Is There Any Evidence In The World That Would Convince Intelligence Community That More Surveillance Isn't The Answer?
from the just-wondering dept
We’ve already discussed how the usual surveillance state defenders quickly rushed into action following the Paris attacks to demand more surveillance — and also noted that the two attacks in Paris in the past year happened despite that country expanding its own surveillance laws twice in the past year (once right before the Charlie Hebdo attack and once soon after). And all of that raises a simple question in my mind:
If the intelligence community and its supporters will call for greater surveillance and less encryption even after the surveillance capabilities have been shown not to work at all — is there any evidence at all that will convince them that maybe this is not the right idea? It’s a strange kind of argument that repeatedly points to its own failures… and follows it up with “well, that proves we need more of that!”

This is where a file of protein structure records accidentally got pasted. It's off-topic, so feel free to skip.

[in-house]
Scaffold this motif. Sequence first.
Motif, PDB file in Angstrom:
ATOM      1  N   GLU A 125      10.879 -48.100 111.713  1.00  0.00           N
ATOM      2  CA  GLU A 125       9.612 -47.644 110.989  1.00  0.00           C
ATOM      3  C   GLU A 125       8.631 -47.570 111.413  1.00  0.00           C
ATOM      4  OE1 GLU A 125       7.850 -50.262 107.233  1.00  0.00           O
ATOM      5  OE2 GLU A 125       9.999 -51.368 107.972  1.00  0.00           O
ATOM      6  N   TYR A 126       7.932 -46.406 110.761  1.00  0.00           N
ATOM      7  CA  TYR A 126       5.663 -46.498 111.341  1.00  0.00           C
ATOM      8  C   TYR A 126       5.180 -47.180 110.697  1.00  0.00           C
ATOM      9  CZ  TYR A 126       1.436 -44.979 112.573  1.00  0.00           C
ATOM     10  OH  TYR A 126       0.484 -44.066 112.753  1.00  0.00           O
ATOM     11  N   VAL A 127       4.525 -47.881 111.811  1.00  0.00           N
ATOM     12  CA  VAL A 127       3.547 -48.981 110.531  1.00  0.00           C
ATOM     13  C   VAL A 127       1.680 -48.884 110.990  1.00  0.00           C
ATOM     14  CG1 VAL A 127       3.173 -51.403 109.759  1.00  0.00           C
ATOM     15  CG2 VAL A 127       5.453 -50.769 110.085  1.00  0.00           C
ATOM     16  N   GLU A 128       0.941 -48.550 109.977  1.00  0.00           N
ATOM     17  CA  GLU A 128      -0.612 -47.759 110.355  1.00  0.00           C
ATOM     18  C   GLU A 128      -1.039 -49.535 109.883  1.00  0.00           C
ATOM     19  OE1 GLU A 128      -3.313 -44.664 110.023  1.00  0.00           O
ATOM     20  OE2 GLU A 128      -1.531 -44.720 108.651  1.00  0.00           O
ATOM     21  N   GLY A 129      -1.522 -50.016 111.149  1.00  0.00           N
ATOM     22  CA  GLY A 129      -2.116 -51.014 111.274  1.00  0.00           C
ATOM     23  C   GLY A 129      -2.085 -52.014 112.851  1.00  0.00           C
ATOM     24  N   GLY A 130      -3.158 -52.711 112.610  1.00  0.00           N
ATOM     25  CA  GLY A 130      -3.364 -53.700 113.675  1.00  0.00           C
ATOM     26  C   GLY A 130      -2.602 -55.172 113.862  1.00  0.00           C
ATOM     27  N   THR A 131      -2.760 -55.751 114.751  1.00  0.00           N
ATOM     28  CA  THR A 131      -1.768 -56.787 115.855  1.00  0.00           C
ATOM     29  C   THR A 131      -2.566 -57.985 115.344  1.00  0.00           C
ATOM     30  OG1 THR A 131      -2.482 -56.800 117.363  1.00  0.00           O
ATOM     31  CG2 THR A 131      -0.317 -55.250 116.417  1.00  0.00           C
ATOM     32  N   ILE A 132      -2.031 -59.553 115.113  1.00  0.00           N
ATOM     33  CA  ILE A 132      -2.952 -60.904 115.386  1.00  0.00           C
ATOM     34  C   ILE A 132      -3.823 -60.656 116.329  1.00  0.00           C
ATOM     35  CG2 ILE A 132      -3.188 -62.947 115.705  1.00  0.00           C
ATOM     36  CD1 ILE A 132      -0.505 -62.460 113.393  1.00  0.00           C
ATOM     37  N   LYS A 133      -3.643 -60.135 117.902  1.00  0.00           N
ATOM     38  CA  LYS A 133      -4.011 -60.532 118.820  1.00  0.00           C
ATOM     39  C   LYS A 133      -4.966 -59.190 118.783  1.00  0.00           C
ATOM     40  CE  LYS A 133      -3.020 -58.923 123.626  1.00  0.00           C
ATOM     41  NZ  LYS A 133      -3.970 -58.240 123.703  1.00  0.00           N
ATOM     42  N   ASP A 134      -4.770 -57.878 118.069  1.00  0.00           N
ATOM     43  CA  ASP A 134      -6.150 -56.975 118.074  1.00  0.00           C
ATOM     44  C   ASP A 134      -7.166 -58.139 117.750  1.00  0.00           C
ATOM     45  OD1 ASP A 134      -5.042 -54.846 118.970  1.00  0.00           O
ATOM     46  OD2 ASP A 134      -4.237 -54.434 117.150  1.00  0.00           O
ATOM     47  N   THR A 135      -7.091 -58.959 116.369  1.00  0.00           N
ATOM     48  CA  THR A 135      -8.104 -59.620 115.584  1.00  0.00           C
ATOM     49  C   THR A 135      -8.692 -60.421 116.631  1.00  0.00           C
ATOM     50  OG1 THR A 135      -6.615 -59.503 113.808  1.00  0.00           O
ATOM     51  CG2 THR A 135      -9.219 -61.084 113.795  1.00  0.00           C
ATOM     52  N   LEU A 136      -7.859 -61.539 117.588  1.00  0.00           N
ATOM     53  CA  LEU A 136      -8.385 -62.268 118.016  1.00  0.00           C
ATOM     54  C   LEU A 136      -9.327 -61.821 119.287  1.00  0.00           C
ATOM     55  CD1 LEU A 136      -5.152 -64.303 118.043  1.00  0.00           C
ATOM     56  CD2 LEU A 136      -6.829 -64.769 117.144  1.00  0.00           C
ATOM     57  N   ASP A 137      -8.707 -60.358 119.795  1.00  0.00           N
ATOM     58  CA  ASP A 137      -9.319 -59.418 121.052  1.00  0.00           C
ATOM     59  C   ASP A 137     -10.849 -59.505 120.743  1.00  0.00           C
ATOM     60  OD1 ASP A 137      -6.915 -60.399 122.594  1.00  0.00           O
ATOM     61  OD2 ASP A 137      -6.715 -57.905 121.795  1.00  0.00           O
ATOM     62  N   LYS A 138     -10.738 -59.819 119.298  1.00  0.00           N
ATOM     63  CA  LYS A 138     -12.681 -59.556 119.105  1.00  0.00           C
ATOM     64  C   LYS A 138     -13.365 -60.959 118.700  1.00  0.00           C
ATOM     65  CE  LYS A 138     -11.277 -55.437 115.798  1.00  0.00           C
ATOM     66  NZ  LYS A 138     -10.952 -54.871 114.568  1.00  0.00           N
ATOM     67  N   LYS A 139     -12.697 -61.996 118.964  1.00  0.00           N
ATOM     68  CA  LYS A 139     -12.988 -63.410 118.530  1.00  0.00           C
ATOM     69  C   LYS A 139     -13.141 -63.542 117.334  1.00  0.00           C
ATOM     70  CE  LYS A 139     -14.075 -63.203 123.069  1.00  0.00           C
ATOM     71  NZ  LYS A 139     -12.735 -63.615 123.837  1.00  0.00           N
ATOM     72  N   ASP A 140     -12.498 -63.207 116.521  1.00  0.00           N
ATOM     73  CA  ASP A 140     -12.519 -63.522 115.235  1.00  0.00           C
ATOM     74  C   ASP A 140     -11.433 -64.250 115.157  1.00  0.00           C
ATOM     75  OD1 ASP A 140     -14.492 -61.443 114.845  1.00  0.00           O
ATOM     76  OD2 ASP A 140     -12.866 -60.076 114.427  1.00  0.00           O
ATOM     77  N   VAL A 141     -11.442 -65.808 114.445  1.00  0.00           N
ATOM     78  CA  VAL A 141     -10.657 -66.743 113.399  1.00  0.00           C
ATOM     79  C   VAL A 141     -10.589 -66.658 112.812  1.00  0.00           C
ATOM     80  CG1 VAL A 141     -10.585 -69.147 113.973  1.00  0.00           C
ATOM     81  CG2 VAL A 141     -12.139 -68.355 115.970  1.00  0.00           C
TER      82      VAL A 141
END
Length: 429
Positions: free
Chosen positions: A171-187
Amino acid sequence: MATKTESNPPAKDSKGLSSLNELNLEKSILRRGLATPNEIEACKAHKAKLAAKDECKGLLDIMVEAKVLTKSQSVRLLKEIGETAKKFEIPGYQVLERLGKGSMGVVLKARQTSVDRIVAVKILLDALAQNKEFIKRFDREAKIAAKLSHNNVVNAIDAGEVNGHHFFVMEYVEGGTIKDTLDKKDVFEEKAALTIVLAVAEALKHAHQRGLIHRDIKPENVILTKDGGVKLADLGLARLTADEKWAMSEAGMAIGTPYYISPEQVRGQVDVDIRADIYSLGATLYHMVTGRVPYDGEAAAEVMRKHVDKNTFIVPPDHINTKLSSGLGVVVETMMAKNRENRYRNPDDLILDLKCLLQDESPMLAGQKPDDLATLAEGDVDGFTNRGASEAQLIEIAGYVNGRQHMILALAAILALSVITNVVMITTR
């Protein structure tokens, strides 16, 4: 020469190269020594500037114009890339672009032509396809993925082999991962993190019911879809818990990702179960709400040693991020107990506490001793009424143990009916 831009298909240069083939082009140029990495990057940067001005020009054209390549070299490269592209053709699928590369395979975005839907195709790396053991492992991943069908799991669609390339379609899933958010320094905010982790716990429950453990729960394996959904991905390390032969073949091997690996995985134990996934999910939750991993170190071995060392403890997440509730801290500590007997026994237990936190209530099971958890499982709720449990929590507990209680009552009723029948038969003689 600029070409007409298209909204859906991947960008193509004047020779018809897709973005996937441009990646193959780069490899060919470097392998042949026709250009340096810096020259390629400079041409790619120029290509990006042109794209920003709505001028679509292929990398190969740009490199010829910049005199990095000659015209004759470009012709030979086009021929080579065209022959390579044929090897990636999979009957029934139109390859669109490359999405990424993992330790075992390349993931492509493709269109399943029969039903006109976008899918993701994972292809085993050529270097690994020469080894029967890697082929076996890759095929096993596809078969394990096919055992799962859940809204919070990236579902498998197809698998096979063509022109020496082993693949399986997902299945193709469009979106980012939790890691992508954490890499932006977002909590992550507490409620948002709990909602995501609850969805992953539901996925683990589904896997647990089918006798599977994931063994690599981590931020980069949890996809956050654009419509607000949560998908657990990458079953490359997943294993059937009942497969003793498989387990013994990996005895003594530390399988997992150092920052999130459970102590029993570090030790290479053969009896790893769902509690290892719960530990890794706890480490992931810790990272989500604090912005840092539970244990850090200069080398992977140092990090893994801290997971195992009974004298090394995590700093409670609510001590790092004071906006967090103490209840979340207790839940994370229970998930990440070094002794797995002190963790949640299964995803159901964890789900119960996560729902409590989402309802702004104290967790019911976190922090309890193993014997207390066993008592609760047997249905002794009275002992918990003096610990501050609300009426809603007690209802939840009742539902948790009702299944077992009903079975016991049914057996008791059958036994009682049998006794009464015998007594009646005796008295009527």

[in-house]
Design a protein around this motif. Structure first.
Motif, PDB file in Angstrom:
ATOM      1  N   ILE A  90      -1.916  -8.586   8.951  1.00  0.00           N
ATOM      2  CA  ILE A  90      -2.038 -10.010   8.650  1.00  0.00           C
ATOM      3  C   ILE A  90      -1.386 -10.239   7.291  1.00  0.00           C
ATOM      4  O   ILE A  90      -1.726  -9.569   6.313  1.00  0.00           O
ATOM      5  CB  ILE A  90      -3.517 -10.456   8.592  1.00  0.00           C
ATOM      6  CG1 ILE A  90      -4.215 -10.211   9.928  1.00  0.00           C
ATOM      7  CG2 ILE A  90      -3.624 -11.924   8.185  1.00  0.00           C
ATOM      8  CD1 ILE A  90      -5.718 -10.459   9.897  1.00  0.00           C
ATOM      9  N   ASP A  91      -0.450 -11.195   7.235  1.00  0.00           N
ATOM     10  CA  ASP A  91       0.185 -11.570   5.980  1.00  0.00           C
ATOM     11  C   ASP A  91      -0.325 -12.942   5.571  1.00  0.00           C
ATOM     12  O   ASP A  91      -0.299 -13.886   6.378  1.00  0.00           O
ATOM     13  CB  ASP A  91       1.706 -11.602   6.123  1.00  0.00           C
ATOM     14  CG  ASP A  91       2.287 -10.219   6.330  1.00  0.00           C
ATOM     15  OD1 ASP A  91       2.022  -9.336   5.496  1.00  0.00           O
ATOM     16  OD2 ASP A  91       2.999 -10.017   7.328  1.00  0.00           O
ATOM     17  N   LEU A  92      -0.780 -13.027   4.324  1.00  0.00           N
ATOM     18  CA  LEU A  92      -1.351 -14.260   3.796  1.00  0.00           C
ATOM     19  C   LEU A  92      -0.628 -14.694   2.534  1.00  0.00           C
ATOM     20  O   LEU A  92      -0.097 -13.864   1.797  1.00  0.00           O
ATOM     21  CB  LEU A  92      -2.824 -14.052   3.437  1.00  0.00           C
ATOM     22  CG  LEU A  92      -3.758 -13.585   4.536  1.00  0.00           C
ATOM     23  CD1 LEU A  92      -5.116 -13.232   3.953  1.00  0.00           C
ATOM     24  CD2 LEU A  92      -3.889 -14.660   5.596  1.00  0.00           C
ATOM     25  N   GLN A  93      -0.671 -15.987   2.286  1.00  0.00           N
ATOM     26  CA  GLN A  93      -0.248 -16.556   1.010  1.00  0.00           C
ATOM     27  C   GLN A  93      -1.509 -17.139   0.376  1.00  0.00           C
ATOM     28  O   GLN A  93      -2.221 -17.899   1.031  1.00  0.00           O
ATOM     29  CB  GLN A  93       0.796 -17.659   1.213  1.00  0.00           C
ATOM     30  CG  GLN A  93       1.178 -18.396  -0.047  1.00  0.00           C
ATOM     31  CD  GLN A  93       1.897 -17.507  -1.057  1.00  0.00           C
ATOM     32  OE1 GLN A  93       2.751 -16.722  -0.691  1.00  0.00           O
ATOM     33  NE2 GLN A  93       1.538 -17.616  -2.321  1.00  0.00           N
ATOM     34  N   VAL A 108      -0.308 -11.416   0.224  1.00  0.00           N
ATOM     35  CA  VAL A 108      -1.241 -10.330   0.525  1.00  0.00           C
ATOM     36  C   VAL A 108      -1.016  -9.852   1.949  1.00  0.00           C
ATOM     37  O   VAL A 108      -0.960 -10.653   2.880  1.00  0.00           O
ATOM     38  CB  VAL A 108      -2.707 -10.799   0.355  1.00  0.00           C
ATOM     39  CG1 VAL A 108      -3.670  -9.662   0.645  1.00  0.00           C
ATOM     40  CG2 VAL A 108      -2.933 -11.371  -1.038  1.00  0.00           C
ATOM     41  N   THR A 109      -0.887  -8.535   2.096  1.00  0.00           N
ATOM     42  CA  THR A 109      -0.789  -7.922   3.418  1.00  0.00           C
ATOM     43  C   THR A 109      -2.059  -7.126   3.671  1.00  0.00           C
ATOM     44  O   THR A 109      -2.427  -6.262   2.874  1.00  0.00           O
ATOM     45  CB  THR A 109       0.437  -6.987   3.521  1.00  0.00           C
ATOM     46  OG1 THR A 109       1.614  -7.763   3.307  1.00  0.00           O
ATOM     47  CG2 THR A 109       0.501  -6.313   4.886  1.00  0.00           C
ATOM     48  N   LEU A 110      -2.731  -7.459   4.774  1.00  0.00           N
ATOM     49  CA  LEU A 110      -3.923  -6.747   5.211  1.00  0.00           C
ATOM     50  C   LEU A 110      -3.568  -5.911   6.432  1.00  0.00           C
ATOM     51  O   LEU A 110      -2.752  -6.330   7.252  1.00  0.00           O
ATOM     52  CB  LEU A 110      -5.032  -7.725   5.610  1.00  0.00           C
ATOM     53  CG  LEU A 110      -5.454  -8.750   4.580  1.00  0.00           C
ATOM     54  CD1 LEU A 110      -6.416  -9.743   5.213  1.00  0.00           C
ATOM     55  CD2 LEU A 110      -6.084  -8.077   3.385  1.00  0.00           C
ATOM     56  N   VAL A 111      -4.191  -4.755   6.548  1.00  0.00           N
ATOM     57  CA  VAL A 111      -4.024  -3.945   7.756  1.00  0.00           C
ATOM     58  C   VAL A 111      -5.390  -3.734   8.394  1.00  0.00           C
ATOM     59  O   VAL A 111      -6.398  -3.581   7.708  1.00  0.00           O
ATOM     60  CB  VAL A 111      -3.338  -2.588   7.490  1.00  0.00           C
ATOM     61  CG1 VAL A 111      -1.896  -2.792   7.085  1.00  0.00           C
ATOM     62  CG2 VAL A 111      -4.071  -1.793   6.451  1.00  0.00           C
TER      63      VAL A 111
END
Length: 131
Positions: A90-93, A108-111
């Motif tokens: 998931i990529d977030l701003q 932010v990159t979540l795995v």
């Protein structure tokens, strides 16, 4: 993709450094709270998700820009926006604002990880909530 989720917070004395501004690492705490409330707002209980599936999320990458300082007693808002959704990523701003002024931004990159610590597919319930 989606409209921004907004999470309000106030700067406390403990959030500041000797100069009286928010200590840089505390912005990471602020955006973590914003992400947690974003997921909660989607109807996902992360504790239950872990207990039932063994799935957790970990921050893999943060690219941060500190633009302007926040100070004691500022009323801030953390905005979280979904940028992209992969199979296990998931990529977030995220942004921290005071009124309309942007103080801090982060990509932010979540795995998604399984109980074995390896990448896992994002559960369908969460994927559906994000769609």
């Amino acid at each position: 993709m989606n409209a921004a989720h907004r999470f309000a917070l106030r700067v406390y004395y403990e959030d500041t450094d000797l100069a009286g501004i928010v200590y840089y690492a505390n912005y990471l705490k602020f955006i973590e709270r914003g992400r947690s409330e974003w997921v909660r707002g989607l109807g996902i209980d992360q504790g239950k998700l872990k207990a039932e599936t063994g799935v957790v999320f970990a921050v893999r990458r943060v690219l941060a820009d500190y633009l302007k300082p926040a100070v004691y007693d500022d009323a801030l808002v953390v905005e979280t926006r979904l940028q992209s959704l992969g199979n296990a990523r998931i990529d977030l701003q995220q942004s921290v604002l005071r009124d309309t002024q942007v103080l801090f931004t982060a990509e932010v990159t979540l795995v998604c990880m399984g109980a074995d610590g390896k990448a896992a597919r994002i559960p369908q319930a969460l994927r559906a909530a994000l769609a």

Such an argument, by itself, seems self-refuting, because there is no other side. If things are working okay, call for more surveillance. If the surveillance doesn’t work, just call for more surveillance. It’s the default answer to anything, and thus these calls should be ignored. The fact that the surveillance community wants more power is not news and it’s not surprising. It’s not because of the Paris attacks — they’re always asking for this and they’ve mostly gotten it. And it didn’t work.
A sober analysis would suggest that perhaps it’s time to try something different. But that’s not how these things tend to go apparently.